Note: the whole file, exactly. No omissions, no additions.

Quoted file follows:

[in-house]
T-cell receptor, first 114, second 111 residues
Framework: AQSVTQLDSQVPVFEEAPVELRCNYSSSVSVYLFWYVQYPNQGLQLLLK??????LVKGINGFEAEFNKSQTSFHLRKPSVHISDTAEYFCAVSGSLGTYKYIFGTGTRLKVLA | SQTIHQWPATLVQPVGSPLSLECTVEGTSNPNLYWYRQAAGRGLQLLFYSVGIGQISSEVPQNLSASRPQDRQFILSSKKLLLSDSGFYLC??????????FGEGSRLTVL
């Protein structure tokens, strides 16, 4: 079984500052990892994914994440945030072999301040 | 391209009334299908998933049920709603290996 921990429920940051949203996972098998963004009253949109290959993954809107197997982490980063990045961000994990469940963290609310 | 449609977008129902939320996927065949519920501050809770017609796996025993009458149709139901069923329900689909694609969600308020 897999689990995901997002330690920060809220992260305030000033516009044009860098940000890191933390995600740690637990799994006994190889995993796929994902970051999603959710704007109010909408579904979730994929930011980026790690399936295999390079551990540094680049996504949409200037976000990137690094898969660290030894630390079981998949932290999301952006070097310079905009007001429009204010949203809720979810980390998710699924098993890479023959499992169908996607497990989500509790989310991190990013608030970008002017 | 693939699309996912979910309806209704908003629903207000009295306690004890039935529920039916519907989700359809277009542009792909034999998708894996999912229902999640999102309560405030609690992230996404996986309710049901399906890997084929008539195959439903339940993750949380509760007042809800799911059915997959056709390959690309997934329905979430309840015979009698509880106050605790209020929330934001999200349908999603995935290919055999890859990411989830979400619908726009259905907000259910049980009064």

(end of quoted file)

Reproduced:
[in-house]
T-cell receptor, first 114, second 111 residues
Framework: AQSVTQLDSQVPVFEEAPVELRCNYSSSVSVYLFWYVQYPNQGLQLLLK??????LVKGINGFEAEFNKSQTSFHLRKPSVHISDTAEYFCAVSGSLGTYKYIFGTGTRLKVLA | SQTIHQWPATLVQPVGSPLSLECTVEGTSNPNLYWYRQAAGRGLQLLFYSVGIGQISSEVPQNLSASRPQDRQFILSSKKLLLSDSGFYLC??????????FGEGSRLTVL
């Protein structure tokens, strides 16, 4: 079984500052990892994914994440945030072999301040 | 391209009334299908998933049920709603290996 921990429920940051949203996972098998963004009253949109290959993954809107197997982490980063990045961000994990469940963290609310 | 449609977008129902939320996927065949519920501050809770017609796996025993009458149709139901069923329900689909694609969600308020 897999689990995901997002330690920060809220992260305030000033516009044009860098940000890191933390995600740690637990799994006994190889995993796929994902970051999603959710704007109010909408579904979730994929930011980026790690399936295999390079551990540094680049996504949409200037976000990137690094898969660290030894630390079981998949932290999301952006070097310079905009007001429009204010949203809720979810980390998710699924098993890479023959499992169908996607497990989500509790989310991190990013608030970008002017 | 693939699309996912979910309806209704908003629903207000009295306690004890039935529920039916519907989700359809277009542009792909034999998708894996999912229902999640999102309560405030609690992230996404996986309710049901399906890997084929008539195959439903339940993750949380509760007042809800799911059915997959056709390959690309997934329905979430309840015979009698509880106050605790209020929330934001999200349908999603995935290919055999890859990411989830979400619908726009259905907000259910049980009064």